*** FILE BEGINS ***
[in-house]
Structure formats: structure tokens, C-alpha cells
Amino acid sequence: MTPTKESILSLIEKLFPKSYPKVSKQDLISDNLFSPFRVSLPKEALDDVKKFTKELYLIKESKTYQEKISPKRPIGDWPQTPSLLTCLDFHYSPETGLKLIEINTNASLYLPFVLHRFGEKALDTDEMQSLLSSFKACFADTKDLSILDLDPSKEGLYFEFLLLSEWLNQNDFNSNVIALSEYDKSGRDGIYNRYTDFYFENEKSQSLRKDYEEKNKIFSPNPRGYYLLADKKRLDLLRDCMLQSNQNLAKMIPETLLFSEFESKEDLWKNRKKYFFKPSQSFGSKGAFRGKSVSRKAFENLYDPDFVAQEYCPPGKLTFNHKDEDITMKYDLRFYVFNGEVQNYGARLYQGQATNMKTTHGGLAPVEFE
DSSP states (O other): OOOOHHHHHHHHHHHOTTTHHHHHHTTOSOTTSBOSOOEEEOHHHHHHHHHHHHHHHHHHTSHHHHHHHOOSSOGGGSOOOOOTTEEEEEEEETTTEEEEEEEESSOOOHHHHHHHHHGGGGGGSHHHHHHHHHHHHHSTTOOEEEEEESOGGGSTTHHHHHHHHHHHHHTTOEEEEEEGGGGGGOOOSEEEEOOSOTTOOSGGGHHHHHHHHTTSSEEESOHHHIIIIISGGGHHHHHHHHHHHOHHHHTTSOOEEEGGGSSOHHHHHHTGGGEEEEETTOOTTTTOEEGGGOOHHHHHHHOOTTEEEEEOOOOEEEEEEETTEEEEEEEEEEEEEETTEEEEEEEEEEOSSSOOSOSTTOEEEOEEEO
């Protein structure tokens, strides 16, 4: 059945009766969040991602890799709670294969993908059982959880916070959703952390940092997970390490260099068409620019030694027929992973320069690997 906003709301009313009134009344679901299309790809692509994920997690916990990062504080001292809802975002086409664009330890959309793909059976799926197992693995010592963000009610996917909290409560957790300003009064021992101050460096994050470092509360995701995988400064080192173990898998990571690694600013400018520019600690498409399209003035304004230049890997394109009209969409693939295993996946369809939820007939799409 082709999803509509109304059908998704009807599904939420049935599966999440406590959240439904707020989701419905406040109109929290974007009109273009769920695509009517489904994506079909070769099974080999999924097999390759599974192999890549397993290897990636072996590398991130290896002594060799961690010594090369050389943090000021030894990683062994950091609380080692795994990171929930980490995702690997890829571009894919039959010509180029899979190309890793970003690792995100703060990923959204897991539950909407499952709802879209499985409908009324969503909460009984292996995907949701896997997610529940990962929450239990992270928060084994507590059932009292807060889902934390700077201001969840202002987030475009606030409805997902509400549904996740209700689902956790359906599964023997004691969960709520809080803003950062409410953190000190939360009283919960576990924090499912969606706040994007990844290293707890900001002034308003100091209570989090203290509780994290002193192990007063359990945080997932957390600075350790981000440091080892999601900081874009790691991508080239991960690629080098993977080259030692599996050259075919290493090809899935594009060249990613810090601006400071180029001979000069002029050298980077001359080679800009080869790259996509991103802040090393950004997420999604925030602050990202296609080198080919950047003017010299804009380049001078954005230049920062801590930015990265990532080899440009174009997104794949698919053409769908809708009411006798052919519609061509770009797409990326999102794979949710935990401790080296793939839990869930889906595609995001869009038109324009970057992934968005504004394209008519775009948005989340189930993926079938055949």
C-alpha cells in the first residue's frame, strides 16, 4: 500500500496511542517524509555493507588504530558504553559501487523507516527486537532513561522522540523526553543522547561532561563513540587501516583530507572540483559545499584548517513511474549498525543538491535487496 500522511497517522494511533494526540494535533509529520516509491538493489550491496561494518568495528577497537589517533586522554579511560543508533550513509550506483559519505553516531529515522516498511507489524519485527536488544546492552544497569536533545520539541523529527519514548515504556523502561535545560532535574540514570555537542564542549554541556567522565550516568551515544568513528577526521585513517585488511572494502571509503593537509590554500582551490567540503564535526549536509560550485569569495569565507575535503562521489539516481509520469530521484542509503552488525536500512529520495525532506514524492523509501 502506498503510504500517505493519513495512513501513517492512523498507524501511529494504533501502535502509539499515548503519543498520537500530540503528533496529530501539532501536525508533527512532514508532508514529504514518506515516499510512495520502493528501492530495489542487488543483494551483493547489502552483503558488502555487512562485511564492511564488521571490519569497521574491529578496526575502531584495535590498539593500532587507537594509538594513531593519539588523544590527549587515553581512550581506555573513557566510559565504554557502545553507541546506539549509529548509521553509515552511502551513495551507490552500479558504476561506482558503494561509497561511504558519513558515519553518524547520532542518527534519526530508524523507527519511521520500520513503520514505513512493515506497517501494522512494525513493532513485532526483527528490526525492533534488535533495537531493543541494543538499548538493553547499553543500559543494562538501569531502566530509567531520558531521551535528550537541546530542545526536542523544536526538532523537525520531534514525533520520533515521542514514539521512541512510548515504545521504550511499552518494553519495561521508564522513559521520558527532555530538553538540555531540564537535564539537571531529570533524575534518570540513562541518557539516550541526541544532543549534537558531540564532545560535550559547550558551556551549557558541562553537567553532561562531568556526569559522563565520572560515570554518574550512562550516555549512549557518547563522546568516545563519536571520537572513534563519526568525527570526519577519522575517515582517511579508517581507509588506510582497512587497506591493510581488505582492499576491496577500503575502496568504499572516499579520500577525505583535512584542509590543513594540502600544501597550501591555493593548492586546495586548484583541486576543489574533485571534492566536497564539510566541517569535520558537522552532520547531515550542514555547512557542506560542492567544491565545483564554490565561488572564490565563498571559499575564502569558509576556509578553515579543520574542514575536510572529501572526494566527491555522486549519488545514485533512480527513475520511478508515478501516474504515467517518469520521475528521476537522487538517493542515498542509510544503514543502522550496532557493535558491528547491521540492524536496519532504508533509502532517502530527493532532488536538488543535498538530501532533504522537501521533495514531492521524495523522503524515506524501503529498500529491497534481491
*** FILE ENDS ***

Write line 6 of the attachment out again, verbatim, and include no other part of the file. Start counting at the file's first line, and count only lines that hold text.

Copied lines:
C-alpha cells in the first residue's frame, strides 16, 4: 500500500496511542517524509555493507588504530558504553559501487523507516527486537532513561522522540523526553543522547561532561563513540587501516583530507572540483559545499584548517513511474549498525543538491535487496 500522511497517522494511533494526540494535533509529520516509491538493489550491496561494518568495528577497537589517533586522554579511560543508533550513509550506483559519505553516531529515522516498511507489524519485527536488544546492552544497569536533545520539541523529527519514548515504556523502561535545560532535574540514570555537542564542549554541556567522565550516568551515544568513528577526521585513517585488511572494502571509503593537509590554500582551490567540503564535526549536509560550485569569495569565507575535503562521489539516481509520469530521484542509503552488525536500512529520495525532506514524492523509501 502506498503510504500517505493519513495512513501513517492512523498507524501511529494504533501502535502509539499515548503519543498520537500530540503528533496529530501539532501536525508533527512532514508532508514529504514518506515516499510512495520502493528501492530495489542487488543483494551483493547489502552483503558488502555487512562485511564492511564488521571490519569497521574491529578496526575502531584495535590498539593500532587507537594509538594513531593519539588523544590527549587515553581512550581506555573513557566510559565504554557502545553507541546506539549509529548509521553509515552511502551513495551507490552500479558504476561506482558503494561509497561511504558519513558515519553518524547520532542518527534519526530508524523507527519511521520500520513503520514505513512493515506497517501494522512494525513493532513485532526483527528490526525492533534488535533495537531493543541494543538499548538493553547499553543500559543494562538501569531502566530509567531520558531521551535528550537541546530542545526536542523544536526538532523537525520531534514525533520520533515521542514514539521512541512510548515504545521504550511499552518494553519495561521508564522513559521520558527532555530538553538540555531540564537535564539537571531529570533524575534518570540513562541518557539516550541526541544532543549534537558531540564532545560535550559547550558551556551549557558541562553537567553532561562531568556526569559522563565520572560515570554518574550512562550516555549512549557518547563522546568516545563519536571520537572513534563519526568525527570526519577519522575517515582517511579508517581507509588506510582497512587497506591493510581488505582492499576491496577500503575502496568504499572516499579520500577525505583535512584542509590543513594540502600544501597550501591555493593548492586546495586548484583541486576543489574533485571534492566536497564539510566541517569535520558537522552532520547531515550542514555547512557542506560542492567544491565545483564554490565561488572564490565563498571559499575564502569558509576556509578553515579543520574542514575536510572529501572526494566527491555522486549519488545514485533512480527513475520511478508515478501516474504515467517518469520521475528521476537522487538517493542515498542509510544503514543502522550496532557493535558491528547491521540492524536496519532504508533509502532517502530527493532532488536538488543535498538530501532533504522537501521533495514531492521524495523522503524515506524501503529498500529491497534481491